But a Toyota spokesman called the exchange-rate scenario a worn-out excuse.

Six years ago, he pointed out, 80 yen bought a dollar (compared with 123 last week), and Japanese automakers had to decontent their vehicles and increase prices just to break even. Just the same, he said, the Japanese were able to hold market share.

Out with the old

Many of the incentives are going toward vehicles ending their model runs. In Toyota's case, three major products — the Camry, Corolla and 4Runner — are all long in the tooth.

Steve Sturm, Toyota vice president of marketing, said, "The industry is down 1 million units from last year, so it's softer and more competitive. We have a lot of new product, but some of our models are older. We still have to compete at some level."

Tom Libby, analyst with J.D. Power in Troy, Mich., says, "Toyota is focused on sales, which would push profits down the list of priorities, and that would explain why they are incentivizing."

Similarly, Nissan dealers do not want leftover Altimas on their lots when a strikingly different model arrives this fall. Facing competition such as this from its rivals, Honda has to keep pace with deals on its 4-year-old Accord that still has a year left to go.

Nearly half of all Accord sales this summer have been APR deals done by American Honda Finance, Honda reports.

APR, not cash back

Honda does not offer customer cash, because the company feels it weakens the brand, while Toyota typically limits its cash-back offers to older products.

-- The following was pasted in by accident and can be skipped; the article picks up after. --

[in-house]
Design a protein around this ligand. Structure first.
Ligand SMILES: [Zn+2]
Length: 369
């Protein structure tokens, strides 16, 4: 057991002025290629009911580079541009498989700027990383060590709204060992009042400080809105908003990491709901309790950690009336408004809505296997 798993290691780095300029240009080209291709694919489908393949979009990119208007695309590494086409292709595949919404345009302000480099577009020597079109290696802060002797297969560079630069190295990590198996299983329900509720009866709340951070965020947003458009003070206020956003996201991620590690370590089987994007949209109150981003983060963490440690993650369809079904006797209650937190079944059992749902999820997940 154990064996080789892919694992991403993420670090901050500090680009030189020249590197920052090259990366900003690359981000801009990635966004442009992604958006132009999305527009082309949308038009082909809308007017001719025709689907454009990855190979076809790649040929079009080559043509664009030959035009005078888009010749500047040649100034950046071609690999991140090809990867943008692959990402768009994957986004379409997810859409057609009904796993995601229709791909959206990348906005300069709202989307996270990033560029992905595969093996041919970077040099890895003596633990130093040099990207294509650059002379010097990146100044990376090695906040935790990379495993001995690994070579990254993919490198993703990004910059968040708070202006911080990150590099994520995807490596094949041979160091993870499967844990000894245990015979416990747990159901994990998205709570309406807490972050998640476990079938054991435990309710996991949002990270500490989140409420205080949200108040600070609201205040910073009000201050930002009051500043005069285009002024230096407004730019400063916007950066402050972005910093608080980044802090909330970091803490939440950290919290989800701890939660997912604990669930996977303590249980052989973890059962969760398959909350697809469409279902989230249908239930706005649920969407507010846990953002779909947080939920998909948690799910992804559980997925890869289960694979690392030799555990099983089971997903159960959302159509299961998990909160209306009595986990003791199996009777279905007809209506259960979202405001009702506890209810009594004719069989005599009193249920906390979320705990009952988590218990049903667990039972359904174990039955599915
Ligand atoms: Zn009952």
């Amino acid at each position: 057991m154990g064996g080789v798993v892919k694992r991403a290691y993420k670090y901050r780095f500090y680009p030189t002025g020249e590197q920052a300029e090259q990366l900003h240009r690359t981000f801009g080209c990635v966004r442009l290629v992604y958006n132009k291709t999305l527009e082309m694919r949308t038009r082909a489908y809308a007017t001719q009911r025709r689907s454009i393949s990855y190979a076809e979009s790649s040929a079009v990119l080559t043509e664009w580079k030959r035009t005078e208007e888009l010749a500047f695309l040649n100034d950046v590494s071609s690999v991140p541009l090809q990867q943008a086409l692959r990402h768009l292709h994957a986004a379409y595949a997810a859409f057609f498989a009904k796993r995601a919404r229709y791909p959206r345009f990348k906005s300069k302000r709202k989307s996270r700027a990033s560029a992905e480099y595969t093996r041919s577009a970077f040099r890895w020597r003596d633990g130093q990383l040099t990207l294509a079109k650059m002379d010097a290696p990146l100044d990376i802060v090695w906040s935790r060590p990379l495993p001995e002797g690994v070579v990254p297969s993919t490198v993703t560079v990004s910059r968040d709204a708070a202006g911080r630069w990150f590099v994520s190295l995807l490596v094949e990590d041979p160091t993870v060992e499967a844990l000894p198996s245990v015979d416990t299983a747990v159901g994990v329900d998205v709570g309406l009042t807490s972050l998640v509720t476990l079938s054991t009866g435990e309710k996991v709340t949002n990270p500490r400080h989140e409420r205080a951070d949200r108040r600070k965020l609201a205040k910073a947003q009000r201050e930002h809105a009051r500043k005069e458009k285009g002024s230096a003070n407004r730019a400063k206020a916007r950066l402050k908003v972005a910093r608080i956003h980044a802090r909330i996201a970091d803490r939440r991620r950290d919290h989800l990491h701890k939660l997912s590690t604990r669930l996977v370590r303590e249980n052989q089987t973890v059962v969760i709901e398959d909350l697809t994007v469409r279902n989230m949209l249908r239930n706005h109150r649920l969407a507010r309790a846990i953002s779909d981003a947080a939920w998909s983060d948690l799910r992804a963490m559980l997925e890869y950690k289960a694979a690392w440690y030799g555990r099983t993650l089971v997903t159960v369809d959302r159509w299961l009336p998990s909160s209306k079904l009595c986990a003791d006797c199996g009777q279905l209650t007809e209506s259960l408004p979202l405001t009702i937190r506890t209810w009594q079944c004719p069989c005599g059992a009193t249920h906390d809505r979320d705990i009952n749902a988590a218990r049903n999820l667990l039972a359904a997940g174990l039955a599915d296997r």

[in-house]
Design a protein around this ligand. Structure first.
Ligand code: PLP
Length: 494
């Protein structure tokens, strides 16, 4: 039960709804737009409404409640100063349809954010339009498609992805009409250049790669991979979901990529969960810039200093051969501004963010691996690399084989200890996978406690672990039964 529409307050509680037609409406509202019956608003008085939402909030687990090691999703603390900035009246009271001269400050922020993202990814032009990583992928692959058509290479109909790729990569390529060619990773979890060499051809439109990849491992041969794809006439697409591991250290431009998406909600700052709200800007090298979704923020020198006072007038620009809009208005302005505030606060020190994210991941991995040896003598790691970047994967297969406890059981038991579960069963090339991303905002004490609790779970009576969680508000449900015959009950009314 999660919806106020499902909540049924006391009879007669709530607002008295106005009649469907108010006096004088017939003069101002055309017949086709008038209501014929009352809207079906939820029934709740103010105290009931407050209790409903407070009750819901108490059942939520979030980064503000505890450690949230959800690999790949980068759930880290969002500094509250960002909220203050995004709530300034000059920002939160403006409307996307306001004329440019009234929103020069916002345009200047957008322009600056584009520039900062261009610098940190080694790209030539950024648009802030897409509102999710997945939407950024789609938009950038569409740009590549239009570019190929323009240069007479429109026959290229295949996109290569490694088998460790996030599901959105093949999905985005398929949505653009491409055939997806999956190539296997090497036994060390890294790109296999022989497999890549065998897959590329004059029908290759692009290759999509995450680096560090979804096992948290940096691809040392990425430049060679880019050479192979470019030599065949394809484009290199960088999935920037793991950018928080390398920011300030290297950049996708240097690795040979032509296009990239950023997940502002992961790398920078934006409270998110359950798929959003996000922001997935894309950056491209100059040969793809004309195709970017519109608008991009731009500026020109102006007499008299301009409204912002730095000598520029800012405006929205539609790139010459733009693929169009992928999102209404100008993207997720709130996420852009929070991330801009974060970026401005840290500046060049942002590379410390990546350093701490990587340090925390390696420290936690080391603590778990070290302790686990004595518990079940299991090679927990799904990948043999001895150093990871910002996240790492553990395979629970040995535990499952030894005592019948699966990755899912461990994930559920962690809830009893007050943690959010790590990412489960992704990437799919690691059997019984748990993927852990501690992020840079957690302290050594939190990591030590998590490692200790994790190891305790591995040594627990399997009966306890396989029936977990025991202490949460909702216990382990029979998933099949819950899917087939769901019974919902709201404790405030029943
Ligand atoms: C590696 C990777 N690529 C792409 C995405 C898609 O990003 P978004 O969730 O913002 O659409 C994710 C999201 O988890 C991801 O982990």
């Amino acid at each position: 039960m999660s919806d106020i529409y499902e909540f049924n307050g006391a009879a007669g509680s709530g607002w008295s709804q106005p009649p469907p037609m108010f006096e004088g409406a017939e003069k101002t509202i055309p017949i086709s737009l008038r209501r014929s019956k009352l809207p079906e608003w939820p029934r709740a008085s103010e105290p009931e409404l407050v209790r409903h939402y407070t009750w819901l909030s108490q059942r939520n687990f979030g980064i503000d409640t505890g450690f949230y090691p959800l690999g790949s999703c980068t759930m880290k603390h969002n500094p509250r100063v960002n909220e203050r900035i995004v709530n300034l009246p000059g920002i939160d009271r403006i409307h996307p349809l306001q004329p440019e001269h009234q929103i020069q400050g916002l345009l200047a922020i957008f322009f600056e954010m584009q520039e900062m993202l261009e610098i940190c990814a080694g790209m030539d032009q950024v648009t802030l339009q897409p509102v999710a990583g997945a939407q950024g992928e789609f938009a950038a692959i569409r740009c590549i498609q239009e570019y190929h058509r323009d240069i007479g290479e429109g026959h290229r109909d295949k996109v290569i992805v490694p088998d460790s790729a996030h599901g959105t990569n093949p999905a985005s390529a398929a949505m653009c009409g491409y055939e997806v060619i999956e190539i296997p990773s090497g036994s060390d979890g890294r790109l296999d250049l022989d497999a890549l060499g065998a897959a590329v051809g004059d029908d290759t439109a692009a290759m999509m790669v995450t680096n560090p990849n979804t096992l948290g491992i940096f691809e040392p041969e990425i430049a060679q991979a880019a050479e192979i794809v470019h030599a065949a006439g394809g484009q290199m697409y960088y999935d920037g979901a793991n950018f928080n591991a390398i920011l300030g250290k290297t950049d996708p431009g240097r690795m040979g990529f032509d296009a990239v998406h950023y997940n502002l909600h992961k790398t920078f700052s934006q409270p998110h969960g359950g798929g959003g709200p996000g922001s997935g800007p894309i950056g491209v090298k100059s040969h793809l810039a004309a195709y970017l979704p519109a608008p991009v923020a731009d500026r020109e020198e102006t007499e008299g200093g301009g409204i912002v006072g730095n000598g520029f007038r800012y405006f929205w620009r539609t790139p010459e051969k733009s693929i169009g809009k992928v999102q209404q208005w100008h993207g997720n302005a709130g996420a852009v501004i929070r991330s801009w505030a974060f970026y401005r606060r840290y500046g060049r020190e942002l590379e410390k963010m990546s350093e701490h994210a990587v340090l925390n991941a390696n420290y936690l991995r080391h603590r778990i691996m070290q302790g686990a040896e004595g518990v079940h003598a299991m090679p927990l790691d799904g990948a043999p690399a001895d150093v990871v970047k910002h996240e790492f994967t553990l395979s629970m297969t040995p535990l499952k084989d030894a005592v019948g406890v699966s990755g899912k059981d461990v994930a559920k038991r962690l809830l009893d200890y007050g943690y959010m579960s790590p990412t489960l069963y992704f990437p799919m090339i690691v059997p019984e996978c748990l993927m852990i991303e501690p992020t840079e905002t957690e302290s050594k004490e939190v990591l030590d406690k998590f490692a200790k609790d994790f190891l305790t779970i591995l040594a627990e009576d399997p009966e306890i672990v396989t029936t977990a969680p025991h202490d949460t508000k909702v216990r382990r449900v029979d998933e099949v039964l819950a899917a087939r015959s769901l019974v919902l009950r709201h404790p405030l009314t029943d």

Nissan is the leader of the Japanese Big Three in cash-back deals, but in July it still trailed Ford Division by $188 per vehicle sold, Chevrolet by $477, and Dodge by $825, according to Power figures.

"The trend is away from dealer and customer cash and more toward consumer-friendly APR deals. It is better for the brand and more credible to consumers than other types of incentives," said John Spoon, Nissan Division director of operations.

"We're definitely sensitive to the need to remain competitive, but we're practicing more patience and putting incentives out in the right way. We're not going to inflate our residuals like we did a few years back."

Big 3 still bigger

Spinella says it's important to note that Japanese spending levels still are far below what the Big 3 spend on a per-vehicle basis.

But he says the cash-strapped second-tier Japanese — Mazda, Mitsubishi and Isuzu — also are spending less than the domestics, but only because they have to.

"They can't afford to go higher," he said.

"They would add to their incentive level if they could, but they don't have the resources. Even though Mazda has Ford's deep pockets to dig into, Ford is pretty strict with the purse strings."

Spinella said zero-percent APR deals can cost much more in the long run than a cash-back incentive, although its cost is spread out over the life of the loan.

Spinella estimates a 0.9 percent APR deal on a typical mid-sized sedan costs the manufacturer about $3,000 to $3,500 over the life of the loan.

Dick Colliver, American Honda executive vice president, says nearly 40 percent of Honda Finance's APR deals have been at the relatively inexpensive 5.9 percent rate.

"If you put $1,000 cash back on a car and you sell 30,000 cars, that's $30 million you just spent," Colliver said. "But if you do a 5.9 percent APR program, that's $580 per deal, but it's only on 40 percent of your cars, so that's very inexpensive for us." c

You can reach Mark Rechtin at mrechtin@crain.com